Tell us about your Lendo journey; you previously worked in Lendo, Finland and then moved to Lendo, Portugal?
I have worked in several different roles at Lendo since 2015 such as a Customer Service Agent, a Customer Service Team Lead and as a Product Manager. A really interesting opportunity turned out in Portugal for my role. This was a great opportunity both to expand my knowledge on different products and broaden my horizon. I joined the team this year in January and it’s been very exciting to learn about new products.

What does the team in Portugal look like? Which roles do you work with the most?
We have such a great team in Portugal and I’m surrounded by amazing people; give or take 40 total. It’s very difficult to say who I work closest with because we have a very strong team who collaborates closely. If I would mention a few names I would say that the CTO and Data Science Lead are my daily go-to-persons who help me everyday to resolve the product challenges and together we shape the product to be the best in the market. You might think that by knowing the Finnish product you wouldn’t learn anything new in this private loan sector. I couldn’t be more wrong. Our Head of Credit has been extremely helpful and guided me through to learn all these new market specific aspects and new nuances with the bank partners. 

What is the most interesting feature you are currently working on?
I would say our energy vertical and building a new feature in that vertical has been an extremely interesting learning curve for me. Let’s call the feature a bill upload feature where customers need to upload their energy bill in order for us to generate the saving results and calculate estimates based on customer data with machine learning.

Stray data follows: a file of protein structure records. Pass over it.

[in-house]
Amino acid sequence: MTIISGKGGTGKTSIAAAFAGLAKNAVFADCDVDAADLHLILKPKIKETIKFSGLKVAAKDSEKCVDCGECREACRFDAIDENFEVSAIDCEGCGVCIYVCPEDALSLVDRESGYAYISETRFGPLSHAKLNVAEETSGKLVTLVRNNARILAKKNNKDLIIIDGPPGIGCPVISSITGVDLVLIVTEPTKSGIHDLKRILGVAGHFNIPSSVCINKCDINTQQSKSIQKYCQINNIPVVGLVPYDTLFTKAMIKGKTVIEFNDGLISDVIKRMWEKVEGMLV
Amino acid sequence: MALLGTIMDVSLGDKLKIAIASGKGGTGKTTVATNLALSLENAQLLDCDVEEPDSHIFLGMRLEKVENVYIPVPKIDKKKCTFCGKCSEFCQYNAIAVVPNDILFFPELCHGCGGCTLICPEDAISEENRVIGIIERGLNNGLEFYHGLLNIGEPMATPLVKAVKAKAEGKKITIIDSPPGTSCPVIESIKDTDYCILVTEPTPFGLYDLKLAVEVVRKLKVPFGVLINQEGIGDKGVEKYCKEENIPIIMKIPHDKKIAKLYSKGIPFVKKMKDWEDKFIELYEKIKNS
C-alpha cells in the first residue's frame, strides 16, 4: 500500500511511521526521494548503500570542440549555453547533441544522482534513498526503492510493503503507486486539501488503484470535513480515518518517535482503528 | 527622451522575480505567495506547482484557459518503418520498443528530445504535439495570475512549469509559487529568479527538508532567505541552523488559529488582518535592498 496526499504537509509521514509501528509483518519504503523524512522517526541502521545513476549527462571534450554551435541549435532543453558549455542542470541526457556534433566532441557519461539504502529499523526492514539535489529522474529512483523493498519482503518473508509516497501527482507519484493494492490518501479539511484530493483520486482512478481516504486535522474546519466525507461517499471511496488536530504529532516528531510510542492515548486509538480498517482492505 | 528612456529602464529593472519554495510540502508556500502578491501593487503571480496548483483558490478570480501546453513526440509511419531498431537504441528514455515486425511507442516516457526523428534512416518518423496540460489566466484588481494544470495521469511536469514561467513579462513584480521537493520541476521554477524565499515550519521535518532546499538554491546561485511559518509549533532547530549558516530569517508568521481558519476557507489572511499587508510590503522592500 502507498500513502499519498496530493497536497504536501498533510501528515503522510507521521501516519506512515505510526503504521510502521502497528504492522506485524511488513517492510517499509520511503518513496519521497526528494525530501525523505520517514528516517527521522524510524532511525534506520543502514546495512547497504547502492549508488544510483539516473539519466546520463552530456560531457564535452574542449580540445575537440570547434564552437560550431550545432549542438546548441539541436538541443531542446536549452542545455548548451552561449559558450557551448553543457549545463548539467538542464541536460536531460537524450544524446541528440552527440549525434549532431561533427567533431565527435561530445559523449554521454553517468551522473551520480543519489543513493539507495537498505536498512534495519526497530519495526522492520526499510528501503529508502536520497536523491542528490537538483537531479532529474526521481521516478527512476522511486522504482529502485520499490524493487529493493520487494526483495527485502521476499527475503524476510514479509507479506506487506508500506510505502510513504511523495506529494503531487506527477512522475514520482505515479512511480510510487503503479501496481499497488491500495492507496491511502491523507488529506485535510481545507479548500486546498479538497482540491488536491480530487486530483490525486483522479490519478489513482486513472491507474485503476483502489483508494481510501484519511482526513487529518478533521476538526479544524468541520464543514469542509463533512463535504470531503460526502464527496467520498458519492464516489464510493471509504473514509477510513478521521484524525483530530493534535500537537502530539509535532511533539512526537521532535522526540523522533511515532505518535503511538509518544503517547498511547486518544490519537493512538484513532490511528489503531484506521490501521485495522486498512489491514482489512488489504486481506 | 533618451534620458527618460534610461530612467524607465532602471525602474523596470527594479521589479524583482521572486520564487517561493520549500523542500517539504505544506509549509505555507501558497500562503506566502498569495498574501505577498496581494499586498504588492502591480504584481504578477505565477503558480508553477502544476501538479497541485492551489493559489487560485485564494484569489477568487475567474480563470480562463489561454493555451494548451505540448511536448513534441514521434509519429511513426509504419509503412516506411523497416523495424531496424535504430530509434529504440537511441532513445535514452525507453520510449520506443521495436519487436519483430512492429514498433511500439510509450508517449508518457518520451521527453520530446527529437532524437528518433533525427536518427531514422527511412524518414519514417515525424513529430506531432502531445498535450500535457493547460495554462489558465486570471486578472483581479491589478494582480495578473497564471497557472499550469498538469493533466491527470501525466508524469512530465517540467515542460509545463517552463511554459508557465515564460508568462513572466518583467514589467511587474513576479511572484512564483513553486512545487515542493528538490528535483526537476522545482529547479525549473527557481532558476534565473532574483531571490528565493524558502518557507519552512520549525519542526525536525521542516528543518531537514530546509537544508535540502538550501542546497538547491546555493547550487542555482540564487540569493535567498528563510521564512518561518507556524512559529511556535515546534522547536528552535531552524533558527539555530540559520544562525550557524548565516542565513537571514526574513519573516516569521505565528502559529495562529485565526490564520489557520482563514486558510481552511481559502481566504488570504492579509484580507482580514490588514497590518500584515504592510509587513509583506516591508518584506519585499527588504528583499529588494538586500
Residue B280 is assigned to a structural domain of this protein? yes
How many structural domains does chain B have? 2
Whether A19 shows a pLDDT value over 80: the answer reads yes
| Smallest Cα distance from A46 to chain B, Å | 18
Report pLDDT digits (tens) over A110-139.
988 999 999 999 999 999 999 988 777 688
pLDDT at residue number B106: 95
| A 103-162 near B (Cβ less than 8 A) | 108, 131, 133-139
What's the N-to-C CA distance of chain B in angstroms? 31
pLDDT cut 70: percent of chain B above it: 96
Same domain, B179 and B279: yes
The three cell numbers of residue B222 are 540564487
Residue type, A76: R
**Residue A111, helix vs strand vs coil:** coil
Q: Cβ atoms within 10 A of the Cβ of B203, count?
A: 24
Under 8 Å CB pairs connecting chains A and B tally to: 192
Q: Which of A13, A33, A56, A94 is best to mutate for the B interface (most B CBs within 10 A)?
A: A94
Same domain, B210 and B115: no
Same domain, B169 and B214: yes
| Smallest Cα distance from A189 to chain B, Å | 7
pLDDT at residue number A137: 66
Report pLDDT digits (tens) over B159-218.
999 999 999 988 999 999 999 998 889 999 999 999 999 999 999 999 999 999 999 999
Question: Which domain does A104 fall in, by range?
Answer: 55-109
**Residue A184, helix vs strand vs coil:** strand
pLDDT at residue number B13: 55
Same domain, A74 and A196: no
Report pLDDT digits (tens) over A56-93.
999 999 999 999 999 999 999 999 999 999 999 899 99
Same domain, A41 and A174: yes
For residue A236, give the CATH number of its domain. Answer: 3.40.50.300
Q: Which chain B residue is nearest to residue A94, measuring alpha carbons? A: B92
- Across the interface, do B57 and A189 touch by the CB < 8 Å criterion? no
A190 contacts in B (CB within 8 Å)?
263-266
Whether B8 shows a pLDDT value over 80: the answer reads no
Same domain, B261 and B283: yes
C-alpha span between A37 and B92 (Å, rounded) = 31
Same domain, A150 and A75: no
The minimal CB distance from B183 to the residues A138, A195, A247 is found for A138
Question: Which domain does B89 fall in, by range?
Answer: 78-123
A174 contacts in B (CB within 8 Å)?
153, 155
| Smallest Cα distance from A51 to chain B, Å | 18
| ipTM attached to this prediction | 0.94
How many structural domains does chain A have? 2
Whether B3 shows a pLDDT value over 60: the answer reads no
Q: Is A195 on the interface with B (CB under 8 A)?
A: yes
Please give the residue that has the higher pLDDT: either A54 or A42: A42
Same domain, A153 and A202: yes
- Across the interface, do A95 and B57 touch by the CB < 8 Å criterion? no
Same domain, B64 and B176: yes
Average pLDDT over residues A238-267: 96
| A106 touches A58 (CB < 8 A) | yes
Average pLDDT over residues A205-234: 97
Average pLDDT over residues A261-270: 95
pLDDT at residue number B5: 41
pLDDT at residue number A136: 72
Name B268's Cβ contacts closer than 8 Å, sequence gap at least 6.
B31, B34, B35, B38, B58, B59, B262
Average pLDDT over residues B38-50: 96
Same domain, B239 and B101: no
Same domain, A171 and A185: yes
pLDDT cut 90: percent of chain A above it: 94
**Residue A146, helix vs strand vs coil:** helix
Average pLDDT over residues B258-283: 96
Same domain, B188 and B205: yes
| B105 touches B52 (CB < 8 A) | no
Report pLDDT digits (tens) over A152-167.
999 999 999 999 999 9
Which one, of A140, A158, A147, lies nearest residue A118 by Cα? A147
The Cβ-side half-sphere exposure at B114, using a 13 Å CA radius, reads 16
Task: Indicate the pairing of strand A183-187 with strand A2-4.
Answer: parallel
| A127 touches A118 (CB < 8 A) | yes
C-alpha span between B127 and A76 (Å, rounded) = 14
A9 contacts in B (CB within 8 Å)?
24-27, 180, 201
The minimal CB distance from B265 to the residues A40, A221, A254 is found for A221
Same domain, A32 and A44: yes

That said, I’m really looking forward to making our products even better to help even more customers. 

How would you describe the work culture in Lendo?
I believe this is one of the main reasons why I have enjoyed my time so much working at Lendo; the culture. To build a culture is a long process and requires everyone to participate in this joint mission. One of our core values at Lendo, “Win as a Team”, is an important factor to build a strong and solid culture where everyone is equal, everyone is being seen and heard and where help is always out there whoever needs it. 

I started my Lendo journey when Lendo had only a handful of employees and we have outgrown a company operating in several markets with almost 300 employees. We have tried and failed. We have tried and succeeded. We have always done this as one team by embracing the fact that we have a one joint goal.

“A healthy level of paranoia keeps us on our toes”

In our digitised society, where we spend more time online than offline, an advanced kind of lawlessness has developed. Cyber criminality has come to a level where it is best to assume that you will be a target and start with precautions from an early stage. Schibsted, home of digital brands all over Europe, is working hard to protect sensitive information and dismantle attacks before they happen.

October is not only known for breast cancer awareness and Halloween, but also the EU and U.S. established the month of cyber security. The concept of highlighting the importance of strong data protection is something that Schibsted has adopted through all company levels. 

“Cyber security is a broad term, but what it means is that we need to protect our digital assets because without those, we have no business. For a large company like Schibsted, with many journalists handling source-protected information, protecting our data is of utmost importance. That is why we have gone full swing introducing a whole Cyber Security Month in October,” Knarik Avetisyan, Security Awareness & Compliance Specialist at Schibsted, says. 

Equally important for all employees
This past October was the third annual Cyber Security Month at Schibsted. During the four weeks, every employee – from journalists and photographers to data specialists and developers – was invited to participate in seminars, lectures and workshops about security. Events that have attracted a large audience in all countries where Schibsted has offices. 

“During the pandemic, the events were all online. Because we are a digital brands company, we had the right infrastructure to support that setup. This year, we tried a hybrid arrangement, where some workshops were held live. For example, we did a lock-picking workshop, which was very popular. It showed that it’s important not to forget about physical security as we talk more and more about our digital security,” Knarik says. 

“Hack me if you can”